People cross London Bridge during the morning rush hour in London, Britain on Jan. 24, 2022.
Tim Ireland | Xinhua News Agency | Getty Images
Omicron has almost completely replaced the previously dominant delta variant of Covid-19 in England, a new study has found, with the vast majority of cases being possible reinfections.
Imperial College London’s React study — which has been updated monthly since May 2020 and is funded by the U.K. government — analyzed 100,607 PCR test results from across England. Swabs were collected between Jan. 5 and Jan. 20.
The study found that 99% of sequenced positive swabs came from people infected with the omicron variant, with only 1% of infections being caused by the delta variant.
“We observed unprecedented levels of infection with SARS-CoV-2 in England in January 2022 and almost complete replacement of delta by omicron,” the study’s authors said in their paper released Wednesday.
Two-thirds of the 3,582 participants who tested positive in January reported they had already tested positive for Covid in the past. A further 7.5% of infected participants said they suspected they had previously had the virus, but had not had this confirmed with a test.
When previous variants of Covid were circulating among populations, it was thought that a prior infection, in which people had caught the virus and recovered, could offer some protection from reinfection. But there is concern that this is not the case with omicron, with U.K. health officials estimating in December that the risk of reinfection with omicron is 5.4 times greater than it is with the delta variant.
Researchers noted on Wednesday that omicron’s infectiousness had now led to the highest Covid prevalence ever observed in the REACT study.
“Vaccination (including the booster campaign) remains the mainstay of the defense against [Covid-19] given the high levels of protection against hospitalizations,” the research team said.
“However, further measures beyond vaccination may be required if the very high rates of omicron infection persist, despite omicron appearing to be intrinsically less likely to cause severe disease.”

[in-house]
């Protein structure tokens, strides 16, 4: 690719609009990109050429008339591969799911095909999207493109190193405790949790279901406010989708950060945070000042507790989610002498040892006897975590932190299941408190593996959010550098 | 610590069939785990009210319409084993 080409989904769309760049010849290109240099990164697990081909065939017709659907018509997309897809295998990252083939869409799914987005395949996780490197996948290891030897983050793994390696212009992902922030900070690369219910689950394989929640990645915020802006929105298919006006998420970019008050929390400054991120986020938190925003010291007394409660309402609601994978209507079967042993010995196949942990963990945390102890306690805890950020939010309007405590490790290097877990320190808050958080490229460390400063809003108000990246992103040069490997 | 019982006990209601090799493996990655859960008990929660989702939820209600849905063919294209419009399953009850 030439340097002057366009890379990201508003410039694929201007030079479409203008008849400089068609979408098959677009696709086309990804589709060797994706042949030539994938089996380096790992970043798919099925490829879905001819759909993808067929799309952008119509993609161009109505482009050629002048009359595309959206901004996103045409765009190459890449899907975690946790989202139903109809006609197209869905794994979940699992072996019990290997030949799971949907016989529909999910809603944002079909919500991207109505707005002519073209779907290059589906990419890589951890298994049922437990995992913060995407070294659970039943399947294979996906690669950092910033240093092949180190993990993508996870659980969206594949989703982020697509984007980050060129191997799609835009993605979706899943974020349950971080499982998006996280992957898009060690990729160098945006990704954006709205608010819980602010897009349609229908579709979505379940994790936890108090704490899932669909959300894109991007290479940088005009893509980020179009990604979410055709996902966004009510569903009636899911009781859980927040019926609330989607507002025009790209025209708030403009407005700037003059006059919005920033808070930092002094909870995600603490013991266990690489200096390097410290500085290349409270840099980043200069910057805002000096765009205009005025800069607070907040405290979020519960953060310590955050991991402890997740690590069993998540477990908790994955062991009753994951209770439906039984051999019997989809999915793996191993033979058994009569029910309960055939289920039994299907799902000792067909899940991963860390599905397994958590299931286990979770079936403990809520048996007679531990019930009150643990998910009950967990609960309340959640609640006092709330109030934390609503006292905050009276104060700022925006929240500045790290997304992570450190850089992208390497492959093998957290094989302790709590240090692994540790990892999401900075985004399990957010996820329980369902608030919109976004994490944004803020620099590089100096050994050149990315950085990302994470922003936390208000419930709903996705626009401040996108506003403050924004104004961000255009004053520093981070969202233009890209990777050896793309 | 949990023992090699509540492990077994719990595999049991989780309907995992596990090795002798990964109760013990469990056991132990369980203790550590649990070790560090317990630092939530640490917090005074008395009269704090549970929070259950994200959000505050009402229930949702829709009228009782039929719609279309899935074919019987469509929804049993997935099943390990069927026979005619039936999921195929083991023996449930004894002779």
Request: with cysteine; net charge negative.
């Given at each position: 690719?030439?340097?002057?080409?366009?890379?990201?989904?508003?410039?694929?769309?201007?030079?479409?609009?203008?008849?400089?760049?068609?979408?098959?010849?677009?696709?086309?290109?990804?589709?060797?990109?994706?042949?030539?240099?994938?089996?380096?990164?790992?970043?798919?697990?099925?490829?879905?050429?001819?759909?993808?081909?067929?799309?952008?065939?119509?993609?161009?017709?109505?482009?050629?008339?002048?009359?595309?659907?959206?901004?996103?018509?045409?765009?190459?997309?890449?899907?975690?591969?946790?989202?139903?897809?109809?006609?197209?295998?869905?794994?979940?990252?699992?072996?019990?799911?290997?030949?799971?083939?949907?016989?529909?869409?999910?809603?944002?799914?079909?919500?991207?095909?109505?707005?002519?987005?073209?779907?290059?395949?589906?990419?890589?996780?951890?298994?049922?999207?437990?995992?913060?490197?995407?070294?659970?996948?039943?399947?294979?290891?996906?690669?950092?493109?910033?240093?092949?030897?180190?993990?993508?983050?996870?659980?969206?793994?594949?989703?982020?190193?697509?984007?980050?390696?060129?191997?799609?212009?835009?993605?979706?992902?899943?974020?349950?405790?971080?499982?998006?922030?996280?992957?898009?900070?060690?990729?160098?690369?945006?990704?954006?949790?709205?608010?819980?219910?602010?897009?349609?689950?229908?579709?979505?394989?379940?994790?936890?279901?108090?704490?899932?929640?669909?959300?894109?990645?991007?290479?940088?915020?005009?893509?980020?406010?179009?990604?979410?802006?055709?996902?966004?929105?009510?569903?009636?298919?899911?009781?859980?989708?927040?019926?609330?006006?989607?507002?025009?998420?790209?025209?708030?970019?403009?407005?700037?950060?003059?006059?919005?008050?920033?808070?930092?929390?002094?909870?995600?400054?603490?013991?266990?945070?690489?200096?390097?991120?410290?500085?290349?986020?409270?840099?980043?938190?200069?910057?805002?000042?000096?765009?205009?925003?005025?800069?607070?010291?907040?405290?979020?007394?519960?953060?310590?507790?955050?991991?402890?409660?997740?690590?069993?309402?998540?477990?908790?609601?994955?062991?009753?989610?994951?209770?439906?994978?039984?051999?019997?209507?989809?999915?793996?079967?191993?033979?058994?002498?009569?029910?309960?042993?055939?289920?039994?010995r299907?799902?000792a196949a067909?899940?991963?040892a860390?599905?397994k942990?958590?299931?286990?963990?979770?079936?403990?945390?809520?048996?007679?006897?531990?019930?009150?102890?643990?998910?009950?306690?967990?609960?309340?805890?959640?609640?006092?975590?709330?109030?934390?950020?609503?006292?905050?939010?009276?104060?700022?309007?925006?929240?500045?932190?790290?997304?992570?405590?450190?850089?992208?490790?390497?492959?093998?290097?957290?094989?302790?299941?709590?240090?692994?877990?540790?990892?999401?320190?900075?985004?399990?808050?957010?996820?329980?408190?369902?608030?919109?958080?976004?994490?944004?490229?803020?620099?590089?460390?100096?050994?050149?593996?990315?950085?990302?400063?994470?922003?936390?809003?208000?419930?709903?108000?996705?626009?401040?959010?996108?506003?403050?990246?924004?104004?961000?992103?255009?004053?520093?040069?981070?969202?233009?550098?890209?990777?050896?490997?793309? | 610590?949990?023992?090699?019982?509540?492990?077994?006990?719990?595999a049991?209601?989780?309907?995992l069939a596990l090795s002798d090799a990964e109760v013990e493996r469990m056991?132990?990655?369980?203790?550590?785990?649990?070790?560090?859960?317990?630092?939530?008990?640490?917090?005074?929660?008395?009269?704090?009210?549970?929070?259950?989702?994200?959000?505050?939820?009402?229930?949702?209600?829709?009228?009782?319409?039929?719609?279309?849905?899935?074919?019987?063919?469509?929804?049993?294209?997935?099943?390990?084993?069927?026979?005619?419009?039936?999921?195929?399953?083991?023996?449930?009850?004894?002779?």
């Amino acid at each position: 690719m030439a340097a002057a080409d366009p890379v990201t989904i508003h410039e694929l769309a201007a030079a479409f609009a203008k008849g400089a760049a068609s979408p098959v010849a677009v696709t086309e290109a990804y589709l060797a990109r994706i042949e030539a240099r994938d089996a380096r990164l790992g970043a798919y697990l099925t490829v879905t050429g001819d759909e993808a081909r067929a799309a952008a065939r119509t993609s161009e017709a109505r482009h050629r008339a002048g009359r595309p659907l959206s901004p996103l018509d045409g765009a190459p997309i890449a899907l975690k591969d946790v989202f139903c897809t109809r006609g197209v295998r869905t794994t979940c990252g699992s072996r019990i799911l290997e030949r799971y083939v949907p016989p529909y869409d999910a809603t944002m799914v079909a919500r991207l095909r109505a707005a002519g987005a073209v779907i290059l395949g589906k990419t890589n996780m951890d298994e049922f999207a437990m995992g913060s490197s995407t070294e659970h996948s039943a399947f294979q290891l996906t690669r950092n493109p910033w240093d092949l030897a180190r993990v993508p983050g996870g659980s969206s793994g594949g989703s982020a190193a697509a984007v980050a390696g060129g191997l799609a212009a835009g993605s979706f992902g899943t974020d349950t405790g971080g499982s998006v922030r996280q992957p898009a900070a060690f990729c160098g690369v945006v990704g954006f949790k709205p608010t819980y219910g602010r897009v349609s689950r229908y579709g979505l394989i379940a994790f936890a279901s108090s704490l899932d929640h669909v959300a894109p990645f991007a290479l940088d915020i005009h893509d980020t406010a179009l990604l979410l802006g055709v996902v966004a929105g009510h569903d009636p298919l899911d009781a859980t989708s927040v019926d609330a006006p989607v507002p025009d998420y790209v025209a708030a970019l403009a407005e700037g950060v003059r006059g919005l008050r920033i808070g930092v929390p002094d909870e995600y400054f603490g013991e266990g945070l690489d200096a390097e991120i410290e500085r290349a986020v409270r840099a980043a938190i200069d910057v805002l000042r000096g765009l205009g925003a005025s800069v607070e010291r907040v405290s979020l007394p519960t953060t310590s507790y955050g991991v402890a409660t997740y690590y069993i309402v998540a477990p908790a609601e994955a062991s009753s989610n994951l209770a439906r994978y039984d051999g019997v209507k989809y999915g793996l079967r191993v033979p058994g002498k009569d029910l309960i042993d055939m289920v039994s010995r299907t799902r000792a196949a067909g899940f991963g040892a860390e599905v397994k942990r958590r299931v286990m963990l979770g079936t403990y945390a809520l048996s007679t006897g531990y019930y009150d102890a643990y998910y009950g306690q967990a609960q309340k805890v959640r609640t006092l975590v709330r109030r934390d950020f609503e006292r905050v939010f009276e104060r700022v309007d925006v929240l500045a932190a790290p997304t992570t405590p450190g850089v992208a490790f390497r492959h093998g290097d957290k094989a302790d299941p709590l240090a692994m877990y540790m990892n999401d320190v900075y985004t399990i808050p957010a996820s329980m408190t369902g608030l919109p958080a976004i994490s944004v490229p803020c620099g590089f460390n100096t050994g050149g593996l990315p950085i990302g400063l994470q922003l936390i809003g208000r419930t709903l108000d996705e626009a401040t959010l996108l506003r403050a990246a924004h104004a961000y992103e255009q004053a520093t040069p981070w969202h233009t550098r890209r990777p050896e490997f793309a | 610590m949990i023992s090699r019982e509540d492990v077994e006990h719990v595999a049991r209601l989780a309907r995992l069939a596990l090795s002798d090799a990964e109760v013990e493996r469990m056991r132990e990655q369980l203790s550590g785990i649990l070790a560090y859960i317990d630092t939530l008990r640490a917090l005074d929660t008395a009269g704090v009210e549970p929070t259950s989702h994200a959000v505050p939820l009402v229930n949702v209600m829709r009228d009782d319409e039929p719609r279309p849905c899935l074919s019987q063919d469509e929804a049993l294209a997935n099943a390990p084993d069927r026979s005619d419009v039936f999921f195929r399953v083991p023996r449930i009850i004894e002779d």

Omicron is a heavily mutated, highly infectious variant of Covid that has been identified by health authorities in at least 171 countries, and which has led to record numbers of Covid cases in many countries.
On Monday, WHO Director-General Tedros Adhanom Ghebreyesus told the organization’s executive board that since the variant was identified nine weeks ago, more than 80 million Covid cases had been reported to the WHO — more than were reported in the whole of 2020. Last week, an average of 100 cases were reported every three seconds, Tedros said, and someone lost their life to the virus every 12 seconds.
The latest REACT study found that although coronavirus infections declined in England in early January, they then “plateaued at a high level,” with one in 23 people infected.
Of the tests taken in the study’s latest round, 4.4% were positive, marking a threefold increase from December.
On Tuesday, the U.K. provisionally recorded 94,326 new Covid cases and 439 deaths within 28 days of a positive test result. In late December, Covid infections peaked in the country when it recorded 246,415 positive test results in one day.
England is set to scrap most of its few remaining Covid measures on Thursday, when mask wearing will no longer be mandated and the public will no longer be advised to work from home. Almost 85% of the country’s eligible population — those over the age of 12 — is fully vaccinated against Covid, while 64% have received a booster shot.
The Imperial College study also found that 0.4% of positive tests were caused by the BA.2 omicron sub-lineage.
Omicron infections are currently comprised of four sub-variants, according to the WHO, and while the BA.1 lineage is the most dominant, trends in India, South Africa and Denmark suggest that BA.2 is becoming more prevalent.
Last week, the U.K.’s Health Security Agency designated BA.2 a “variant under investigation,” Sky News reported, despite there still being few cases of the sub-lineage.